The Harbaugh family

The Harbaugh family (Phil Hoffmann, Baltimore Sun / January 26, 2013)

'The rivalry was relentless'

From the start, the Harbaughs forged polar personas, those who know them said. Even as a kid, John was quiet, steady, pensive. Jim was cocky, brash, intense.

"Neither one liked to lose, but Jim had a screw loose about it, same as now," said Rob Pollock, who grew up with them in Ann Arbor. "I can play golf with John and it won't end ugly; with Jim, maybe not."

Nearly 40 years later, friends remember the Harbaughs' obsession to win in everything from checkers to cards to games of H-O-R-S-E. And that drive rubbed off on their friends.

"We competed in everything from who could lift the most weights to who could eat lunch the quickest," said Jeff Minick, a longtime acquaintance. "The rivalry was relentless, year after year, from grade school to high school. Neither party would concede."

Games of tackle football, minus pads, left bloody bare spots in the Minicks' front yard and players wrangling.

"Once, my dad got so tired of listening to the bickering between Jim Harbaugh and my brother, Jim, that he put boxing gloves on both of them and had them go at it right there on the lawn," Minick said. "They each took a licking before deciding they were friends."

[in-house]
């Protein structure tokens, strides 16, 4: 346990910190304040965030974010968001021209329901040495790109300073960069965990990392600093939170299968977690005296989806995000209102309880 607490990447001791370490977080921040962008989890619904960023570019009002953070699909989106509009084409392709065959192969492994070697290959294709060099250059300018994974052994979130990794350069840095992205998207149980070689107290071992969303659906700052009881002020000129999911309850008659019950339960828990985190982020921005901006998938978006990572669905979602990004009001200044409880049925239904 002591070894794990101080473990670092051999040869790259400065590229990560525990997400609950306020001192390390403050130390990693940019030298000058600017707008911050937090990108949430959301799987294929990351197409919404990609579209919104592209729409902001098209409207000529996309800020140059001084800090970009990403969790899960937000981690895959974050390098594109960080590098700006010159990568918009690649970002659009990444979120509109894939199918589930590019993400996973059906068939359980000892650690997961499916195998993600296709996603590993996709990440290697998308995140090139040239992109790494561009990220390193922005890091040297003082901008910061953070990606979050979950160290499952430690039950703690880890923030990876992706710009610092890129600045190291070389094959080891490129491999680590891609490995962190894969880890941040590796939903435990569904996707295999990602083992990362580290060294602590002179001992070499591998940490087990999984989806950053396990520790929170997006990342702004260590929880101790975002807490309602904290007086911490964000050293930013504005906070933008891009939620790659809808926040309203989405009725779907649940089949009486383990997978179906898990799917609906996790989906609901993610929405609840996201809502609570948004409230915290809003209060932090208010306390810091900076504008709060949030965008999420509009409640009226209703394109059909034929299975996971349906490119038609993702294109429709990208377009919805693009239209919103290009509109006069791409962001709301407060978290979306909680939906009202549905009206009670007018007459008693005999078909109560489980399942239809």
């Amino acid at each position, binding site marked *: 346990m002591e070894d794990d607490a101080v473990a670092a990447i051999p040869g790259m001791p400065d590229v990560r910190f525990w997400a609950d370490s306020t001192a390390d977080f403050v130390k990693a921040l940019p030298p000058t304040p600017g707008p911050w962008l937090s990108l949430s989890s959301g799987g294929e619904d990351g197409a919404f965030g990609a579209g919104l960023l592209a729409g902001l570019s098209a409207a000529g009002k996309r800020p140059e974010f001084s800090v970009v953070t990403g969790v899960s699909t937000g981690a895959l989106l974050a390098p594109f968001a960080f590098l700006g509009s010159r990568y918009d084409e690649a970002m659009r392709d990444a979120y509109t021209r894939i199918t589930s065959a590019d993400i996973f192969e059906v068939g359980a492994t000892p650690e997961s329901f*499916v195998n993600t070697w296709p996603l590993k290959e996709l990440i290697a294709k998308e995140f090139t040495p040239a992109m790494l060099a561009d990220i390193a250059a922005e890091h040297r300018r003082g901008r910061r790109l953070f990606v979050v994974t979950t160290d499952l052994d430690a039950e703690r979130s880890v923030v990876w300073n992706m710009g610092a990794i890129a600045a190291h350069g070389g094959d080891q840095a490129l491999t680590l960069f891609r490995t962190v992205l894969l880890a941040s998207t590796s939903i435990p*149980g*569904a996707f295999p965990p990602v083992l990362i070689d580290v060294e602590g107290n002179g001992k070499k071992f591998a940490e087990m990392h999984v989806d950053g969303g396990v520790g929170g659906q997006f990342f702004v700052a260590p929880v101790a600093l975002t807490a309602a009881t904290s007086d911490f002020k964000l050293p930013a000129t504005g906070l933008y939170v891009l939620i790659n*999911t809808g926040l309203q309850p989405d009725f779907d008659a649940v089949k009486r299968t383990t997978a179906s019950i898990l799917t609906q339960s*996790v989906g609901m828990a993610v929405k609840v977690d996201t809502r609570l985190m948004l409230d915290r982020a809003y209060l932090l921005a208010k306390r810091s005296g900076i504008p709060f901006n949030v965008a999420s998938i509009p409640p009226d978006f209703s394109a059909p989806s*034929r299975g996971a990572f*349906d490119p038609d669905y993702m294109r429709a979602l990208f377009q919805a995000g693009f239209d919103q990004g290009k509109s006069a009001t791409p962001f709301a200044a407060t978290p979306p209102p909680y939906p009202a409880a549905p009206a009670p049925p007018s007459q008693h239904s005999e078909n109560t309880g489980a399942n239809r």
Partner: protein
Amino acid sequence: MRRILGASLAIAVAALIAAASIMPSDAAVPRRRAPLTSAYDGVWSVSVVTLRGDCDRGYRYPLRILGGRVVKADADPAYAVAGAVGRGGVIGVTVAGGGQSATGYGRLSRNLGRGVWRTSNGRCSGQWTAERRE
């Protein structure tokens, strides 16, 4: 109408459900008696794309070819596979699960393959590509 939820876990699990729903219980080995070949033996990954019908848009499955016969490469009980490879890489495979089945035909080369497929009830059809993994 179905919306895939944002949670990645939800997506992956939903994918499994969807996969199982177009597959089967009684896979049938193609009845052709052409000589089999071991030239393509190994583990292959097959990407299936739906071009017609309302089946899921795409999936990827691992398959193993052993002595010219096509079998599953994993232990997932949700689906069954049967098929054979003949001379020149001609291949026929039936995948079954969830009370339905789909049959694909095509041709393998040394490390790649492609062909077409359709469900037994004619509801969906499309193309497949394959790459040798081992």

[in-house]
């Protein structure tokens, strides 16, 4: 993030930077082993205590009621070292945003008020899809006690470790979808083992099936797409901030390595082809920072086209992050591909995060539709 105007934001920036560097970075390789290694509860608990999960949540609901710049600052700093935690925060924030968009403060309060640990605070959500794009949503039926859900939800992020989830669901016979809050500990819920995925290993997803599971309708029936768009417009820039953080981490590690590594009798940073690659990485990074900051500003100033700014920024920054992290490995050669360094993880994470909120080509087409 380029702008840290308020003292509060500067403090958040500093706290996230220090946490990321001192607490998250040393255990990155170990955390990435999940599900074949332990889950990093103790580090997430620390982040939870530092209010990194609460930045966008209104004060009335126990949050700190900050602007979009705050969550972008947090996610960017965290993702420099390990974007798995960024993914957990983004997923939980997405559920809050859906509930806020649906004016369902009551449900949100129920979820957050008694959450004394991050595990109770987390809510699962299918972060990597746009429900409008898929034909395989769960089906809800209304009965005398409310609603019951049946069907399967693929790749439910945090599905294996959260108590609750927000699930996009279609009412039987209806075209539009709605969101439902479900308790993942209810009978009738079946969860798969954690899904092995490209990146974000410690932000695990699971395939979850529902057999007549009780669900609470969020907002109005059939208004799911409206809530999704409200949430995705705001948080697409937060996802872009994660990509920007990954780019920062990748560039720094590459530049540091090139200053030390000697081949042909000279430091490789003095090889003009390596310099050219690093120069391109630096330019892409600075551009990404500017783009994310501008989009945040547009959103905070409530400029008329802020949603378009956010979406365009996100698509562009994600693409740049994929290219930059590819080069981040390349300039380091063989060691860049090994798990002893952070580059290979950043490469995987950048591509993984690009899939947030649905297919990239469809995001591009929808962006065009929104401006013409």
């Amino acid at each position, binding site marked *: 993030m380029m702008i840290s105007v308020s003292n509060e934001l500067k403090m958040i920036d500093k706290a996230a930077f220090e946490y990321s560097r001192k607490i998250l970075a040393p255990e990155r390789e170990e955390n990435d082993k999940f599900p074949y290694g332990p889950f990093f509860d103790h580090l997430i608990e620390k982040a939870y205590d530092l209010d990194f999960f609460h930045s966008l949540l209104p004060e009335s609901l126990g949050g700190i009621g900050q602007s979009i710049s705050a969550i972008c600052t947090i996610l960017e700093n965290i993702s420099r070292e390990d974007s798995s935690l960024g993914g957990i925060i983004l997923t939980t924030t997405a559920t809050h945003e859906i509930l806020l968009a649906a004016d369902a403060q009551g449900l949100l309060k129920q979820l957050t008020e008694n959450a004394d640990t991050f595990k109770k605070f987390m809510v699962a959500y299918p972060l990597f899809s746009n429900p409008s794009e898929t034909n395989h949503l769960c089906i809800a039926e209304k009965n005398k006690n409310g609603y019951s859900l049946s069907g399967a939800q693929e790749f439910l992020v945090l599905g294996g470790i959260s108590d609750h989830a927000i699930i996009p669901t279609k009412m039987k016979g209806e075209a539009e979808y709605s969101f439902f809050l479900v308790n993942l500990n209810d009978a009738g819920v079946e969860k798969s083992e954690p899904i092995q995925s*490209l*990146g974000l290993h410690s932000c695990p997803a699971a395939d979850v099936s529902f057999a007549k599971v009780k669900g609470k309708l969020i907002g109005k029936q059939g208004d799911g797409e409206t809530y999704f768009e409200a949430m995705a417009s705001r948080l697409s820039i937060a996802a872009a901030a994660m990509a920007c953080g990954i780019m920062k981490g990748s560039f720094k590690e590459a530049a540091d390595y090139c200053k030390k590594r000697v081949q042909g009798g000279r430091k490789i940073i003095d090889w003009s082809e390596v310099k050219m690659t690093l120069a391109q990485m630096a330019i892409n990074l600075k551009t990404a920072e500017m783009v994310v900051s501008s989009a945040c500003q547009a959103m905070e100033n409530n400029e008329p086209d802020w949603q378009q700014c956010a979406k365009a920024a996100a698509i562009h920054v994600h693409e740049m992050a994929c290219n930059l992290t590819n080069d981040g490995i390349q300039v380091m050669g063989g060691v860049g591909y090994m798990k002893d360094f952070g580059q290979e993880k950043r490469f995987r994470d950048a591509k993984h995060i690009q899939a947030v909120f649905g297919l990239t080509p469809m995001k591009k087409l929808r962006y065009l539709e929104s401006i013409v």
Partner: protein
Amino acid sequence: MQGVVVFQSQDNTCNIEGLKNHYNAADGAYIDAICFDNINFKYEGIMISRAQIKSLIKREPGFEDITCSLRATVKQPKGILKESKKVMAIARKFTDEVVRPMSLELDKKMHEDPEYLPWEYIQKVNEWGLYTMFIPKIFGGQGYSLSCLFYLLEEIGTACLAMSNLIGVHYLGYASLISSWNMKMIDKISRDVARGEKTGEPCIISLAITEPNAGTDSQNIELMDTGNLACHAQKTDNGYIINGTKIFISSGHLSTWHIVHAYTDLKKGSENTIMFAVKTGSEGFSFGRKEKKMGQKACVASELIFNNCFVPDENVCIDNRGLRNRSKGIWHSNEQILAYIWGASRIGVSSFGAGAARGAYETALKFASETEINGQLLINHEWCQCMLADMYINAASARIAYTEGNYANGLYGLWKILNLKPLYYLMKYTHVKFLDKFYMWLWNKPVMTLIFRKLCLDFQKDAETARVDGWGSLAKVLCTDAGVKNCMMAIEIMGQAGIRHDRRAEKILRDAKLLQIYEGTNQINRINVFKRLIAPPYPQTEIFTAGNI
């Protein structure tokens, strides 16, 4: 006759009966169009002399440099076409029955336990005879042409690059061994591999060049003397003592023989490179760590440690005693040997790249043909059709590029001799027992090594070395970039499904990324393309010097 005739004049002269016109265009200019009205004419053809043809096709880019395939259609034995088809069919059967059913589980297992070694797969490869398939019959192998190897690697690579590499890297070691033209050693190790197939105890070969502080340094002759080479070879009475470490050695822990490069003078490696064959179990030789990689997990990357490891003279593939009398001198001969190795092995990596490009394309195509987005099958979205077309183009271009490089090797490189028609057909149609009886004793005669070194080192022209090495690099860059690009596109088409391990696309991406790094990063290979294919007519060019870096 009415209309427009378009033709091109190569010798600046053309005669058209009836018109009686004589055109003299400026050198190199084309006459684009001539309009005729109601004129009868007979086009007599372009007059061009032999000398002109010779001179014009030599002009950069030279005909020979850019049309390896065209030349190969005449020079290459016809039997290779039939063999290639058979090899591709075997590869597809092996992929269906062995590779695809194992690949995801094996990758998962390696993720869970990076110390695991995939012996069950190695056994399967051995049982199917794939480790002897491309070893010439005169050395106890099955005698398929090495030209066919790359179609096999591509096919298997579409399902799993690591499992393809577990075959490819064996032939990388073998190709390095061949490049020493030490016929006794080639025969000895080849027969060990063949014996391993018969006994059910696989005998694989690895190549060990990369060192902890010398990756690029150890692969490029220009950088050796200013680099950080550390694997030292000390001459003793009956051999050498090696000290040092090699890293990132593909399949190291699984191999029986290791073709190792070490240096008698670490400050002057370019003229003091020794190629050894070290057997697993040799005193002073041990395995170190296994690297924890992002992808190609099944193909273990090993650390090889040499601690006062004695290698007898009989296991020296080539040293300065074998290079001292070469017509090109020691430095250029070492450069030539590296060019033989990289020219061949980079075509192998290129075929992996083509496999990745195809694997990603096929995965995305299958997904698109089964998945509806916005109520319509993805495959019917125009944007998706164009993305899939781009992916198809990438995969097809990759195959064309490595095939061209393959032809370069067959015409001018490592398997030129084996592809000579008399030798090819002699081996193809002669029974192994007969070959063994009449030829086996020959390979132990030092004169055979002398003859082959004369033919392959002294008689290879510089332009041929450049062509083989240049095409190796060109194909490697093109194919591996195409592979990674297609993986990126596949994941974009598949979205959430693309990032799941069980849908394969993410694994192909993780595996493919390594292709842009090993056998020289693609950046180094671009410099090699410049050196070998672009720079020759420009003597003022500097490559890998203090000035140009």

The Harbaughs attended parochial school at St. Francis, where Pollock and a rambunctious Jim served as altar boys.

"It's no coincidence that our parish ended its altar boy program shortly thereafter," Pollock said.

The brothers shared the loft in the family's modest two-story home on Anderson Drive. Though 15 months younger, Jim fraternized with John's friends as well as his own.

"John never told Jim, 'Go play with other kids,' " said Steve Gagalis, a classmate of John's. "Jim wanted to make a statement by hanging around with us, and we embraced him for his competitiveness."

One time, Gagalis said, Jim went too far. The two were playing a game of blackjack, in the loft, when John entered the room and suggested they stop.

"Why?" Gagalis said. "I was holding my own until Jimmy won the last five."

"Gags, there's a reason for that," John said. "Take a look at the cards."

The deck was marked. A brawl ensued, during which Jim tumbled down a flight of stairs as his mother, Jackie, shouted for the umpteenth time, "What's all the ruckus about?"

Tales of Jim's youthful antics abound; John, not so much.

"Johnny was mellow, conservative and willing to embrace anyone. He was just 'Harbs,' " Gagalis said. "Jimmy was flamboyant, a take-a-chance guy willing to stick his neck into anything to get recognized. He was 'Dog,' the one that girls would cling to.

"But from a young age, both were determined: John would be a football coach and Jim, a quarterback."

They really knew nothing other than the football world in which Jack worked and Jackie acted as a stabilizing force. It didn't seem odd to them that the guy bellowing in the halls of their father's workplace was Bo Schembechler, the king of Michigan and one of the most famous coaches in the country.

"Luckily, I think they as parents involved us in their professional life," said Jim and John's little sister, Joani Crean, who grew up cutting game film for her dad.